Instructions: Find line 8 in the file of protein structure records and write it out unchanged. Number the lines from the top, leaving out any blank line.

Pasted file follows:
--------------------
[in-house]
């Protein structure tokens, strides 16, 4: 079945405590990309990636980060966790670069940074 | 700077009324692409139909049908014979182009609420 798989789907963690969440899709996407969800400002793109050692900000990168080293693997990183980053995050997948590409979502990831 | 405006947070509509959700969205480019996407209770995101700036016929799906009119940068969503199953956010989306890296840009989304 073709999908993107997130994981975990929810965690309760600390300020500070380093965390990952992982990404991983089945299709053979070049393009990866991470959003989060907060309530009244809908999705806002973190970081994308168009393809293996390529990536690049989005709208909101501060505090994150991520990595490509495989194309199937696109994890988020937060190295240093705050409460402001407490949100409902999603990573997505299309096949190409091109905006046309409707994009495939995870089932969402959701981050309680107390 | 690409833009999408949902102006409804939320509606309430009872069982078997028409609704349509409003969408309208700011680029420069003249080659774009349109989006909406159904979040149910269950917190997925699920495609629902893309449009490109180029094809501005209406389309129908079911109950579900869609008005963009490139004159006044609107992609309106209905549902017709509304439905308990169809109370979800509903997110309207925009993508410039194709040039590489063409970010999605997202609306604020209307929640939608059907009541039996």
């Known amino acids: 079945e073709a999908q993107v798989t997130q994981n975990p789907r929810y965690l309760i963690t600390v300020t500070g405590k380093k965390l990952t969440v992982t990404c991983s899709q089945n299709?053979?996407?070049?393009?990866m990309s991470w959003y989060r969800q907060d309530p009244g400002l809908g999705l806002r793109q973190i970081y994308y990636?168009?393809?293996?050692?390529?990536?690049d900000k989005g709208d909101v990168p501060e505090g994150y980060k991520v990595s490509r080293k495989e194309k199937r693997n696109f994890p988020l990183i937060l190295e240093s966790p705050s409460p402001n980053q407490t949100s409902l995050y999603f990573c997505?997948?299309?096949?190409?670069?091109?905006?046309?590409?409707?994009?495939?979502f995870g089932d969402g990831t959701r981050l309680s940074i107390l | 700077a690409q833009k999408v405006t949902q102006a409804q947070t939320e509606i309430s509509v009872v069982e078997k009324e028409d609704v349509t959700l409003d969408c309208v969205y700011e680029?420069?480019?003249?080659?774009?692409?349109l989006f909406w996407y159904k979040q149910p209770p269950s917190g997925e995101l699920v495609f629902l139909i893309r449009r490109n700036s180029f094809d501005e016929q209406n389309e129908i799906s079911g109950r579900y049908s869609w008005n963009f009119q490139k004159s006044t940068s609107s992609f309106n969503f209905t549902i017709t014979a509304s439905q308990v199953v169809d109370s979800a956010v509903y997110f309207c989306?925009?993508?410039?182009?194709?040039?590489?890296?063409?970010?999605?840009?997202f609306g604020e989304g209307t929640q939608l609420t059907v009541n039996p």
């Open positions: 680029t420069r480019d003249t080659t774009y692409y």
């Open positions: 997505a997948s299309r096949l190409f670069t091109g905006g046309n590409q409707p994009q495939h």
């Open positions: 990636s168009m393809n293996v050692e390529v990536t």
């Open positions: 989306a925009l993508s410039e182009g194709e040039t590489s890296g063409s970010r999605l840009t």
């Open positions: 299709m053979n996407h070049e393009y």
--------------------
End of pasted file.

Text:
């Open positions: 299709m053979n996407h070049e393009y």